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Revista de Biología Tropical

On-line version ISSN 0034-7744Print version ISSN 0034-7744

Rev. biol. trop vol.48 n.2-3 San José Jun. 2000


Worker life tables, survivorship, and longevity in colonies of Bombus
(Fervidobombus) atratus (Hymenoptera: Apidae)

Eunice Vieira da Silva-Matos and Carlos Alberto Garófalo 1

Received 26-VIII-1999. Corrected 16-III-2000. Accepted 23-III-2000.


Survivorship curves and longevity of workers were studied in two queenright and two queenless colonies of Bombus (Fervidobombus) atratus. Survivorship curves for workers of all colonies were, in general, convex, indicating an increasing mortality rate with increasing age. The mean longevity for the workers from queenright colonies, 24.3 days and 17.6 days, was not significantly different from that in  queenless  colonies,  21.2 days and 20.2 days. In all colonies workers started foraging activities when aged 0-5 days, and the potential forager rates rose progressively with increasing age. Mortality rates within each age interval were significantly correlated with the foraging worker rates in all colonies. Only in two of the colonies (one queenright and one queenless) longevity was significantly correlated with worker size. The  duration of brood development period seems to be one of the most important factors influencing  adult worker longevity in this bumble bee species.

Key words

bumble bee, Bombus atratus, queenless colonies, survivorship curves, life table.

Although the longevity of individual workers is one of the most important factors in determining colony growth and reproductive rates in social insects (Wilson 1971, Winston 1979), information on this topic for bumble bee species is still very little. The few studies made have showed that the longevity of adult workers is variable among species, with the mean worker longevities for temperate species ranging from 13.2 days for Bombus terricola Kirby 1837 (Rodd et al. 1980) to 34.1 days for Bombus fervidus (Fabricius 1798) (Goldblat and Fell 1987) while for the only neotropical species up to now studied, Bombus morio (Swederus 1787), it is 41.3 days for all workers (Garófalo 1976). In addition to interspecific variation of longevity of bumble bee workers, some studies have showed that factors such as activities performed in the colony (Garófalo 1978, Katayama 1996), forage availability and phases in the colony development (Goldblat and Fell 1987) and colony conditions, if queenright or queenless colony (Katayama 1996) provide intraspecific variation in life expectancy of workers.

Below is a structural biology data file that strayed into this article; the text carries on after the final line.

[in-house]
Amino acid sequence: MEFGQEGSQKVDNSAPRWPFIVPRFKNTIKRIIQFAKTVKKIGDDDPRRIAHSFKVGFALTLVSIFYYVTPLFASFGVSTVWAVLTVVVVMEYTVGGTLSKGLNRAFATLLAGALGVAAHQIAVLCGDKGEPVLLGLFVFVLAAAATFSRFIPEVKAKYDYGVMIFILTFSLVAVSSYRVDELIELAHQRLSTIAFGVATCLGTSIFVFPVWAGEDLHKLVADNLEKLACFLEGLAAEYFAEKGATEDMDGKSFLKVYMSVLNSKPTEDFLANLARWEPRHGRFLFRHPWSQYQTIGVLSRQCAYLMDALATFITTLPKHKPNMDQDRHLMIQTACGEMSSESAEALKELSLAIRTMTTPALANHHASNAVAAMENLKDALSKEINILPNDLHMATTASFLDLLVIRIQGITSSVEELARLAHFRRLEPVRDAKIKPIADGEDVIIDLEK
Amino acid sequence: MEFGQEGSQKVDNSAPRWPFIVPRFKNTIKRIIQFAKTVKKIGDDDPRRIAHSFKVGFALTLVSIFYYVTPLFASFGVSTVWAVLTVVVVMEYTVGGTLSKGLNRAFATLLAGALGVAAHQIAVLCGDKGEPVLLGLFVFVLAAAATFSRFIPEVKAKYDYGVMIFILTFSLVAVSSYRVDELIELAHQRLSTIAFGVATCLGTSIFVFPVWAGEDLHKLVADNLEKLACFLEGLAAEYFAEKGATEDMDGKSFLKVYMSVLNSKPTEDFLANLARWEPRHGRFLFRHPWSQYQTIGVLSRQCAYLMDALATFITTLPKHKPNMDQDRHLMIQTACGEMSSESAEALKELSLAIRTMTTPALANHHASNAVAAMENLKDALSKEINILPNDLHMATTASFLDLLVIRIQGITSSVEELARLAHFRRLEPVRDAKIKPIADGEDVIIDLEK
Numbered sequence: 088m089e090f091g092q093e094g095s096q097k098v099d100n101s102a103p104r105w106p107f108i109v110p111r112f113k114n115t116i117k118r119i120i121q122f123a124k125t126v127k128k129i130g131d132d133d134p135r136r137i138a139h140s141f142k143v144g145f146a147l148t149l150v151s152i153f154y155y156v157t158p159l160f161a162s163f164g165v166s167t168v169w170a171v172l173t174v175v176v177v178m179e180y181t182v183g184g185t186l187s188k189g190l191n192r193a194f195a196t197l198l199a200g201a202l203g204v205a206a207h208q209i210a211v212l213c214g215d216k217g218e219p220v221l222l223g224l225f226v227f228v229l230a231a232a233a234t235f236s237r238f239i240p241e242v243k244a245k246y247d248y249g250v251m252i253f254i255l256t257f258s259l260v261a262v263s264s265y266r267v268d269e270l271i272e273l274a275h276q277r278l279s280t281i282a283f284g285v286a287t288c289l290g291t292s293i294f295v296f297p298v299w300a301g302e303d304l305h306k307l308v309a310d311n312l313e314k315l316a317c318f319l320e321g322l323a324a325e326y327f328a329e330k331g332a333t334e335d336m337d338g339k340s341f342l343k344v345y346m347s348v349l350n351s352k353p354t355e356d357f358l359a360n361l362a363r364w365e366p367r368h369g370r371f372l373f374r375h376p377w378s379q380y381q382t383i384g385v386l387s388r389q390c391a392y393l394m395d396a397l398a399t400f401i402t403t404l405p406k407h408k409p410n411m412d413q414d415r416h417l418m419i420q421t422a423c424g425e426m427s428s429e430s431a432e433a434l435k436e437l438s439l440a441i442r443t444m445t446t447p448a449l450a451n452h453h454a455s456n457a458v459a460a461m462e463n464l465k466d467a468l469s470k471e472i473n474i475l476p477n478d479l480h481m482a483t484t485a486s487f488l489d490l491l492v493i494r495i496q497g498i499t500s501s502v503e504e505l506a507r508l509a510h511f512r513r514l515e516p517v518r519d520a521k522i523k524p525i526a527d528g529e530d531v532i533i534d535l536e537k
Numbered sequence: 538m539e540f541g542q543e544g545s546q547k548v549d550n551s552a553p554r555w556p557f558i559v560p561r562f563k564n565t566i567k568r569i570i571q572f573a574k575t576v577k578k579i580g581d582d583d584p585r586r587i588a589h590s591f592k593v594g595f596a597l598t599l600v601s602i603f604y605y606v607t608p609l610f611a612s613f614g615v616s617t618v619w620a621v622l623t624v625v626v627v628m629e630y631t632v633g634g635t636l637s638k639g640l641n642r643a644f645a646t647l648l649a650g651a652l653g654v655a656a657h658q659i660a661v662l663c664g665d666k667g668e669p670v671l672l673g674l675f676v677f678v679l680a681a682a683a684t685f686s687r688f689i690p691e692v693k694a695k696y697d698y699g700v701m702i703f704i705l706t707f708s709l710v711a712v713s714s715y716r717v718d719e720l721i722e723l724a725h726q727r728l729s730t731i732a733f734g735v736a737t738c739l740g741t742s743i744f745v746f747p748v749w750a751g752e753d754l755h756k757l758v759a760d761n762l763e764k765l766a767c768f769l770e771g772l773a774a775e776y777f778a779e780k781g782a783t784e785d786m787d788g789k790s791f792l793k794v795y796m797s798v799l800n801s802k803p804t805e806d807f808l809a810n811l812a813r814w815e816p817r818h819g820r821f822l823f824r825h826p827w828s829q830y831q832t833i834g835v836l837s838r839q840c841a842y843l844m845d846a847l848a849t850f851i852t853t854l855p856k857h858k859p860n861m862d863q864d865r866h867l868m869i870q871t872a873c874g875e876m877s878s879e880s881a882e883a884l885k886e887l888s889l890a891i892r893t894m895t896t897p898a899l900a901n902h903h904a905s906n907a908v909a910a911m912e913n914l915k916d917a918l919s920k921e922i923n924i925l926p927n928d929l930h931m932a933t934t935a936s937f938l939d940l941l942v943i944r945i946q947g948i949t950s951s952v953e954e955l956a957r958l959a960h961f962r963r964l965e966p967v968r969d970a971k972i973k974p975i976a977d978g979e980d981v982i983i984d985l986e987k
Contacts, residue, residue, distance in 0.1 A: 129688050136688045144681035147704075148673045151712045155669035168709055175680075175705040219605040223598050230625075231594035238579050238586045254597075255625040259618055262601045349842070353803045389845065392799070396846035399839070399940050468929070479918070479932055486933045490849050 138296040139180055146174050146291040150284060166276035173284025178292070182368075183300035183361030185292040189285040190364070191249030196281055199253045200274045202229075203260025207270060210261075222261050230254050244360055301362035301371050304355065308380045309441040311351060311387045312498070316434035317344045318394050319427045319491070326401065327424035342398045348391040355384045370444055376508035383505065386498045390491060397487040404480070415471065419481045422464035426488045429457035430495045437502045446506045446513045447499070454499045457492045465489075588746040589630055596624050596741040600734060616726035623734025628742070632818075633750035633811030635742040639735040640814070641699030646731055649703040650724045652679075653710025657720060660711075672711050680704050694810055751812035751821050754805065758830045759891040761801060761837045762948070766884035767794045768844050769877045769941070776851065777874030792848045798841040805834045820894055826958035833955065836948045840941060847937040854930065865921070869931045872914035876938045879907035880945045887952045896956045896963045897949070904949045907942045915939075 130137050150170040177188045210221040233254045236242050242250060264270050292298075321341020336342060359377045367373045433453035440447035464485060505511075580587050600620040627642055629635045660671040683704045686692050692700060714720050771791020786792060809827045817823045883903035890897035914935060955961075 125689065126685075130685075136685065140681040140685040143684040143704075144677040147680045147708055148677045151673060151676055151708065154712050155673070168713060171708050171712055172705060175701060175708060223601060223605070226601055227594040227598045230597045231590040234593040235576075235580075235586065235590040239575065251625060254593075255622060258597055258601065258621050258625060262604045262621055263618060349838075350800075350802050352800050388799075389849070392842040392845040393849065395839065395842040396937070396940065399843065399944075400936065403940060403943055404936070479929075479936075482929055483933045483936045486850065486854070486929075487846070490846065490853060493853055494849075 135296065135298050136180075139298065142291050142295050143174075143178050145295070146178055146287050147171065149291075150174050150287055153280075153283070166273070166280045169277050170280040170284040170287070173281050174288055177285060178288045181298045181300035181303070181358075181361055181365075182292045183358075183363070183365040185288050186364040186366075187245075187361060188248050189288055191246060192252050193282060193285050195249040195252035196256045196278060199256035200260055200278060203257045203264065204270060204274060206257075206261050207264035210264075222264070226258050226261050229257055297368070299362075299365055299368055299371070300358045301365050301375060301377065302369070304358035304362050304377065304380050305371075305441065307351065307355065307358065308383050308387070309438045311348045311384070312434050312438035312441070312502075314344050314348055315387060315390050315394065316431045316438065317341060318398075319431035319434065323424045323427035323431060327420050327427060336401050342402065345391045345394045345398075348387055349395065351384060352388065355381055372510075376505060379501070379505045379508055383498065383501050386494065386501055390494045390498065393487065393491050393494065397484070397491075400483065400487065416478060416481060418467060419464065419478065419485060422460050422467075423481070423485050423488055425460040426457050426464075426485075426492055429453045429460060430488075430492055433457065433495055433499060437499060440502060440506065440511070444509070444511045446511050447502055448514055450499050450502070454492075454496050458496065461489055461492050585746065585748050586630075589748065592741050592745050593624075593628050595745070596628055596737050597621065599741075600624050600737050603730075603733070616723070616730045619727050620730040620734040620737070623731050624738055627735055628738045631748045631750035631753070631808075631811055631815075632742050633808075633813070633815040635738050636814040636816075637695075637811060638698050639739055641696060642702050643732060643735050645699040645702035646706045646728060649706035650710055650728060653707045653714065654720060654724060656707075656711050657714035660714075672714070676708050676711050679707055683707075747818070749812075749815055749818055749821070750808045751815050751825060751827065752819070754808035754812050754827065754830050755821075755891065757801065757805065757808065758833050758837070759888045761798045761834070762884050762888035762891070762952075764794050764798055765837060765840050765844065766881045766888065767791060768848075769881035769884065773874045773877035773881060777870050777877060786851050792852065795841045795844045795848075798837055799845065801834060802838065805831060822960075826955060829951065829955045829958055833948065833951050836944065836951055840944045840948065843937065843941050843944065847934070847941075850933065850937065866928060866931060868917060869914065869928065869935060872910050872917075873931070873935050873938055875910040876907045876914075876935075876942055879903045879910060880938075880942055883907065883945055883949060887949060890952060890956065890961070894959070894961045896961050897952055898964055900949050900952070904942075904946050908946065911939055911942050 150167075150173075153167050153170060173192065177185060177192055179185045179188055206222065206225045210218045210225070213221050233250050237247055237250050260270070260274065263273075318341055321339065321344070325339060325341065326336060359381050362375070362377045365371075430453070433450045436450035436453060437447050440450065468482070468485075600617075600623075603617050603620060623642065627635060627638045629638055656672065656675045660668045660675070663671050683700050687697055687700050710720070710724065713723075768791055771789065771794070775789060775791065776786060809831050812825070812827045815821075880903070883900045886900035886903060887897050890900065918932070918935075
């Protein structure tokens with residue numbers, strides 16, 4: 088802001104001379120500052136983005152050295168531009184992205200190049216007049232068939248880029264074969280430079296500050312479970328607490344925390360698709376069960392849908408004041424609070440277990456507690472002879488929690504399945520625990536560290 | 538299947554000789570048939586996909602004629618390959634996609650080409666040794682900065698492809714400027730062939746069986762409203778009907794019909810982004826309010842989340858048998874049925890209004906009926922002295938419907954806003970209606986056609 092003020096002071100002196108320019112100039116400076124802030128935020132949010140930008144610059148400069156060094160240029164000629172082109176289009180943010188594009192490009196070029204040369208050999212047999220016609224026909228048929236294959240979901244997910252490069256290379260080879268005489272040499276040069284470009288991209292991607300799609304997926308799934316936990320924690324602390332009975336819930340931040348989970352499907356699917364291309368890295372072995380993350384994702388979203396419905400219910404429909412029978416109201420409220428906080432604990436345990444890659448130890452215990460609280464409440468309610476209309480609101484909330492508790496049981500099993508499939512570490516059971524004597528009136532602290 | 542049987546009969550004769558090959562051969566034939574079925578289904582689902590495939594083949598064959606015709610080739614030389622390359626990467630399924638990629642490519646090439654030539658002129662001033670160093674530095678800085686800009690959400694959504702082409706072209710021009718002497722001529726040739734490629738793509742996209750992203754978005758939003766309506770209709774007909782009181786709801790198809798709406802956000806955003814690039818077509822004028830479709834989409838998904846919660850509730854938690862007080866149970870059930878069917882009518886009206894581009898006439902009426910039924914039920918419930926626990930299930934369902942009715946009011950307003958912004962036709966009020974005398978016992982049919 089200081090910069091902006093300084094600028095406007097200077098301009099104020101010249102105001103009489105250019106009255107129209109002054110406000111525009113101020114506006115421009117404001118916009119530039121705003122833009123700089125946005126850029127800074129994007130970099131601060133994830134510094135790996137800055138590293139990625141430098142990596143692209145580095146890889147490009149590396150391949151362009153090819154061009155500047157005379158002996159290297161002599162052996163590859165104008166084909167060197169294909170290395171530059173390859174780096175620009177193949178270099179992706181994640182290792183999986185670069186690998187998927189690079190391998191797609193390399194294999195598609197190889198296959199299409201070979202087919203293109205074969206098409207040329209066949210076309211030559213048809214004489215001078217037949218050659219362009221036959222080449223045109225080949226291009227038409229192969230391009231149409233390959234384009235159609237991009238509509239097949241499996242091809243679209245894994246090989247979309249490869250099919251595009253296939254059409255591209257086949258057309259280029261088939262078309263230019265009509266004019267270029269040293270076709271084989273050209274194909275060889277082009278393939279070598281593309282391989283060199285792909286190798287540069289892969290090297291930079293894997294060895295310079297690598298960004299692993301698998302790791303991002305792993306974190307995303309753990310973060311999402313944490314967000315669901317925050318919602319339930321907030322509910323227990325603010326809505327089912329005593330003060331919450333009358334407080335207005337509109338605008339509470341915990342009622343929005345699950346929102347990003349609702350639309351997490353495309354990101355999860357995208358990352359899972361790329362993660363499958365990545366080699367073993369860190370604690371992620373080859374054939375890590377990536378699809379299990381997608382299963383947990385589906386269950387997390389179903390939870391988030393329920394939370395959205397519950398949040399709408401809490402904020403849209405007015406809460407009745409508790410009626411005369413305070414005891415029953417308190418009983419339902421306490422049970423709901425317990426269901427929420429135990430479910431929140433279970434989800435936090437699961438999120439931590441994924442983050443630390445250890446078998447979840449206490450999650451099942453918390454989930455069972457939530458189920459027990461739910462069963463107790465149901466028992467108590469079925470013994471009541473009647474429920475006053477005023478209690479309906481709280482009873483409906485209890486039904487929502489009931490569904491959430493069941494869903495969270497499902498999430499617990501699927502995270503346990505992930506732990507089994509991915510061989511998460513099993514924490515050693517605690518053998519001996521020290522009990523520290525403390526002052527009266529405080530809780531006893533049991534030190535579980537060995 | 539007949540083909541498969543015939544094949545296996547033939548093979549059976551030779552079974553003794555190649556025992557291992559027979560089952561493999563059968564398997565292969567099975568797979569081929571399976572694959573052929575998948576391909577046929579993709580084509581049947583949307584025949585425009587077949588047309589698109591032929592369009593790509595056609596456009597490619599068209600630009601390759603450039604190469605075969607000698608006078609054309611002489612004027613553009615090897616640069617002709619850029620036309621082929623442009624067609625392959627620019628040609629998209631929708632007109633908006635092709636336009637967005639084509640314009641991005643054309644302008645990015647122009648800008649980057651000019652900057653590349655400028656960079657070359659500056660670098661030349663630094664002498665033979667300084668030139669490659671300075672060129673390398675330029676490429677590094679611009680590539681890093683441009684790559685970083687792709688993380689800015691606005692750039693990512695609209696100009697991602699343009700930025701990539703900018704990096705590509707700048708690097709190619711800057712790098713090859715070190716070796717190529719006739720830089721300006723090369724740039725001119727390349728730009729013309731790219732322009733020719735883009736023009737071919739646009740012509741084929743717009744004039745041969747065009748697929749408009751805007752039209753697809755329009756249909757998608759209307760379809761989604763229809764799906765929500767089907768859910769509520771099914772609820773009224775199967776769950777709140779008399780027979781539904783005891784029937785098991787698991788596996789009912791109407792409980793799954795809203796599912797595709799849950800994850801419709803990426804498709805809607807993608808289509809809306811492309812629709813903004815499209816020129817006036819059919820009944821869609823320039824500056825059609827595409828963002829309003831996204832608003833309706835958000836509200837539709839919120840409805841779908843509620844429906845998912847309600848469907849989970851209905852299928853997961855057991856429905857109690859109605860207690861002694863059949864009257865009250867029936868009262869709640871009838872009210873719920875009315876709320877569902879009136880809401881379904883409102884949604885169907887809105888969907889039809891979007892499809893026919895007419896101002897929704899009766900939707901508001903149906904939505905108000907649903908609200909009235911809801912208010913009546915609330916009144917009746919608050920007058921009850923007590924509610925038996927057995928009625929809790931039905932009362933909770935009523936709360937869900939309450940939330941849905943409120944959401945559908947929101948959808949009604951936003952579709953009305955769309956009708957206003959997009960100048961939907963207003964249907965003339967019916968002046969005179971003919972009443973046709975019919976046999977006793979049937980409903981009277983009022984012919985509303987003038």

In the neotropical bumble bee, Bombus (Fervidobombus) atratus Franklin 1913, if the queen disappears or is removed from her colony, she is succeeded by a mated worker, the false queen, which produce both female and male offspring and maintains colony development until the reproductive phase when new queens are produced (Zucchi 1973, Silva-Matos and Garófalo 1995). Silva-Matos and Garófalo (1995) showed that a new colony can be started from a group of queenless workers in the presence of some brood. In this case, the colony development is guaranteed by the appearance of a false queen, who takes over the queen’s role.

The aim of this study was to examine adult worker longevity in queenright (QR) and queenless (QL) colonies of B. atratus in order to verify if this bionomic character differs between the two types of colonies. In addition, these data help explain the differences observed  in the longevity of temperate and tropical Bombus species.

Materials and Methods